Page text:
1. Local beginnings
The story of La Prairie d'Hedwige is linked to personal childhood memories of Christine’s grandmother Hedwige, who lived in Dilbeek in a Swiss chalet surrounded by animals. Until recently, the meadow was private and managed by Christine and her partner Maurice, who began a long process of restoration between 2010 and 2015. They planted a diversified double hedge for birds, followed 3 years later by the planting of over a hundred fruit trees, nut trees and other species, providing a strong base for the concept.

Regional development
In 2010, when they opened up the space to volunteers from the region of Brussels, the project started gaining a regional reach, and became a protected area by the Flemish region. Volunteers from the neighbouring communes of Anderlecht, Molenbeek, Ixelles and St Gilles started participating in the concept, following the rule of the monthly communal workday.
The group has fuelled a vision to turn the meadow into a diversified forest garden.

European design process
The concept of The station was designed by a volunteer, Anna Luz Pueyo for her European master of industrial design at the French design school Ensci Les Ateliers, partner of the NEB. Her work is based on a background research of three years on agroforestry, fed by field research in public food forests and informed by input from a wide array of french experts. Her internships in public policy design (Vraiment Vraiment, Dallas collective) in Brussels gave her the skills to unite citizens around participatory constructions. The station was mentored by Henriëtte Waal, a Dutch social designer, and artistic director of Atelier Luma in Arles, whose ambition to enhance bioregions has clearly influenced the project. Designers and teachers at Ensci helped with its technical elaboration and the group learnt about transformations of plant materials through an active international web community, allowing them to elaborate their own experiments from local trees.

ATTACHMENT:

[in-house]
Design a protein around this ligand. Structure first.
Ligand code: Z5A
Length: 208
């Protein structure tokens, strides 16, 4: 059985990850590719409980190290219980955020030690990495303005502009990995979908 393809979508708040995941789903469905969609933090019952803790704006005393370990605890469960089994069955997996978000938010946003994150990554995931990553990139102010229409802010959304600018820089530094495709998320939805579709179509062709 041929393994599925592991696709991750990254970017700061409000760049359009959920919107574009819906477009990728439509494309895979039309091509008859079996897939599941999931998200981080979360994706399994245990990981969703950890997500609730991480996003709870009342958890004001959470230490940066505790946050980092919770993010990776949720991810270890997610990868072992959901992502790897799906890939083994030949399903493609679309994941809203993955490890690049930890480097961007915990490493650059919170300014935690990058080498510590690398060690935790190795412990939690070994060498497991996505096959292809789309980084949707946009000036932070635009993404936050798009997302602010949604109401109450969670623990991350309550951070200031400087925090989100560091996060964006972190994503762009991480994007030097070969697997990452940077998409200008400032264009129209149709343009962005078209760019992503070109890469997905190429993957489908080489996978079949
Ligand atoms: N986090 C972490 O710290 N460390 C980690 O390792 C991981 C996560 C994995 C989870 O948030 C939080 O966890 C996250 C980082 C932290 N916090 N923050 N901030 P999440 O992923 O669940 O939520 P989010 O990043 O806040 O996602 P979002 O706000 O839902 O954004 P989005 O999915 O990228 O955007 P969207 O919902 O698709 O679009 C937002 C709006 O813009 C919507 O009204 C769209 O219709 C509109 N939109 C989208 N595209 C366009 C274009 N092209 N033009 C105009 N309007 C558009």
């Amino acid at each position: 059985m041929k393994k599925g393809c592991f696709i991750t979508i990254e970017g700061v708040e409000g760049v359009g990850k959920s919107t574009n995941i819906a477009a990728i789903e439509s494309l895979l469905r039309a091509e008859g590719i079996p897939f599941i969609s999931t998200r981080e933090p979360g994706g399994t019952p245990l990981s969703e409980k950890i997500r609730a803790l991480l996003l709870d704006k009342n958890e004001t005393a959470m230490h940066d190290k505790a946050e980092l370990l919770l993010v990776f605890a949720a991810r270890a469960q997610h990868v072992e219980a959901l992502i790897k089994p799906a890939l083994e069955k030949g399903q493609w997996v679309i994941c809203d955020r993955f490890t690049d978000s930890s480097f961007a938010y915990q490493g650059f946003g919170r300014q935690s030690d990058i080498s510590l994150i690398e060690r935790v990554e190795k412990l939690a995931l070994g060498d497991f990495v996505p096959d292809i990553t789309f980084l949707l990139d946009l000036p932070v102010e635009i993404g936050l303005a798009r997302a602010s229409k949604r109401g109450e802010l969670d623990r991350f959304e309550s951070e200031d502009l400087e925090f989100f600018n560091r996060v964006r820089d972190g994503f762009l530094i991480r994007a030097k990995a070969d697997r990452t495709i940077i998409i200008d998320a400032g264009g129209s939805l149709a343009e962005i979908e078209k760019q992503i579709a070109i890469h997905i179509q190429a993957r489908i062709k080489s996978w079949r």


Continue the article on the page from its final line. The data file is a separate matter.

The volunteers taking care of the space have been growing their plant knowledge along the years, bringing in their own experiences. Thomas and Anna Luz share an expertise on forest gardening while Laure, Signe, Jules and Max share a know-how for permaculture with the vegetable patch that they care for since 2018. Tamara is a qualified herborist and Christine shares a special relationship with the trees that she planted thirteen years ago, with her unique historical perspective. Around this core group, gravitating volunteers are always welcome to bring their own backgrounds to the field. Local ways of caring for the soil are also carried out by the group, with the traditions of picking up manure from the neighbour’s horses or that of making shred from fallen branches in autumn.

Vernacular culture and traditions
The municipality of Dilbeek, in the Pajottenland region, is historically renowned for gardening and fruit trees. In the last years, the group has been sharing recipes and processes with each other, based on their own cultures or on vernacular traditions of the area, such as chestnut picking and apple juice making. The therapeutic uses of aromatics are promoted by Tamara, who has been sharing remedies and rituals with the group.